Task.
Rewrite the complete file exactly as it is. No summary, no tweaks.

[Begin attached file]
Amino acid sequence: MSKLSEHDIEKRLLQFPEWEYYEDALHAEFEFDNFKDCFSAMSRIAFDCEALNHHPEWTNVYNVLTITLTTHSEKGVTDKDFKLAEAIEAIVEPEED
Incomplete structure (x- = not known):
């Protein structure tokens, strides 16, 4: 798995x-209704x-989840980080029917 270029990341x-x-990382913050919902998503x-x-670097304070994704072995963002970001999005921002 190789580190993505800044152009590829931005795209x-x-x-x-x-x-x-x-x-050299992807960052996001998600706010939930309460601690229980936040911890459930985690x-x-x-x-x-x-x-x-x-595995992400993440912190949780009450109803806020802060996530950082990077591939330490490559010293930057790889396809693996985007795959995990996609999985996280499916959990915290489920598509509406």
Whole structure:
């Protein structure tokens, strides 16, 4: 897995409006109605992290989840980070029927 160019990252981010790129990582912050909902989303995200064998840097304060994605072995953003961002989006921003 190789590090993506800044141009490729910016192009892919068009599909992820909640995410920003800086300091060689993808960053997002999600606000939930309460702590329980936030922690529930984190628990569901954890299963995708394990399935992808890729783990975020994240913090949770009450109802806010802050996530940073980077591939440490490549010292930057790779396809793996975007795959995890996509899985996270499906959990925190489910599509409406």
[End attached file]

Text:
Amino acid sequence: MSKLSEHDIEKRLLQFPEWEYYEDALHAEFEFDNFKDCFSAMSRIAFDCEALNHHPEWTNVYNVLTITLTTHSEKGVTDKDFKLAEAIEAIVEPEED
Incomplete structure (x- = not known):
């Protein structure tokens, strides 16, 4: 798995x-209704x-989840980080029917 270029990341x-x-990382913050919902998503x-x-670097304070994704072995963002970001999005921002 190789580190993505800044152009590829931005795209x-x-x-x-x-x-x-x-x-050299992807960052996001998600706010939930309460601690229980936040911890459930985690x-x-x-x-x-x-x-x-x-595995992400993440912190949780009450109803806020802060996530950082990077591939330490490559010293930057790889396809693996985007795959995990996609999985996280499916959990915290489920598509509406």
Whole structure:
């Protein structure tokens, strides 16, 4: 897995409006109605992290989840980070029927 160019990252981010790129990582912050909902989303995200064998840097304060994605072995953003961002989006921003 190789590090993506800044141009490729910016192009892919068009599909992820909640995410920003800086300091060689993808960053997002999600606000939930309460702590329980936030922690529930984190628990569901954890299963995708394990399935992808890729783990975020994240913090949770009450109802806010802050996530940073980077591939440490490549010292930057790779396809793996975007795959995890996509899985996270499906959990925190489910599509409406």